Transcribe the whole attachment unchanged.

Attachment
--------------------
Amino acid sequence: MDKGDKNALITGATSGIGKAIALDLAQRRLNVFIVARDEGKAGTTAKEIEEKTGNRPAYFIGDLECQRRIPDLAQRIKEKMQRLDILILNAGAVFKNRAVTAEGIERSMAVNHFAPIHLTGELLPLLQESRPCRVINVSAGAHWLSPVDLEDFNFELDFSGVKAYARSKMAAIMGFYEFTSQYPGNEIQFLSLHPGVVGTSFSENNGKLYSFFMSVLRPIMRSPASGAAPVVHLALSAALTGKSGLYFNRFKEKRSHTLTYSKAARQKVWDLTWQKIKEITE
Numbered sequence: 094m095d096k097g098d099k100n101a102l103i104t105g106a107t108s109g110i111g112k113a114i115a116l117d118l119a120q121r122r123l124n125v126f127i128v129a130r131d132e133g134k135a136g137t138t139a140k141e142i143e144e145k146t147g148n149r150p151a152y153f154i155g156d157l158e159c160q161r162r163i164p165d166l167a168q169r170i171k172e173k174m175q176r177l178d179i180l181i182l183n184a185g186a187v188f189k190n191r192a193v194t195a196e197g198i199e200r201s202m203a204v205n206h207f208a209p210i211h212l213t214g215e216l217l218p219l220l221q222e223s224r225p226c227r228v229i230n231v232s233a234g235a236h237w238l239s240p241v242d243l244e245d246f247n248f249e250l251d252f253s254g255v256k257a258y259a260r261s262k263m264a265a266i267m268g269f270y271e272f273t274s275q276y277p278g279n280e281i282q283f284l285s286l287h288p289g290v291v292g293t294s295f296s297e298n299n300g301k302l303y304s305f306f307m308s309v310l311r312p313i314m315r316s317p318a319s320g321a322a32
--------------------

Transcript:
Amino acid sequence: MDKGDKNALITGATSGIGKAIALDLAQRRLNVFIVARDEGKAGTTAKEIEEKTGNRPAYFIGDLECQRRIPDLAQRIKEKMQRLDILILNAGAVFKNRAVTAEGIERSMAVNHFAPIHLTGELLPLLQESRPCRVINVSAGAHWLSPVDLEDFNFELDFSGVKAYARSKMAAIMGFYEFTSQYPGNEIQFLSLHPGVVGTSFSENNGKLYSFFMSVLRPIMRSPASGAAPVVHLALSAALTGKSGLYFNRFKEKRSHTLTYSKAARQKVWDLTWQKIKEITE
Numbered sequence: 094m095d096k097g098d099k100n101a102l103i104t105g106a107t108s109g110i111g112k113a114i115a116l117d118l119a120q121r122r123l124n125v126f127i128v129a130r131d132e133g134k135a136g137t138t139a140k141e142i143e144e145k146t147g148n149r150p151a152y153f154i155g156d157l158e159c160q161r162r163i164p165d166l167a168q169r170i171k172e173k174m175q176r177l178d179i180l181i182l183n184a185g186a187v188f189k190n191r192a193v194t195a196e197g198i199e200r201s202m203a204v205n206h207f208a209p210i211h212l213t214g215e216l217l218p219l220l221q222e223s224r225p226c227r228v229i230n231v232s233a234g235a236h237w238l239s240p241v242d243l244e245d246f247n248f249e250l251d252f253s254g255v256k257a258y259a260r261s262k263m264a265a266i267m268g269f270y271e272f273t274s275q276y277p278g279n280e281i282q283f284l285s286l287h288p289g290v291v292g293t294s295f296s297e298n299n300g301k302l303y304s305f306f307m308s309v310l311r312p313i314m315r316s317p318a319s320g321a322a32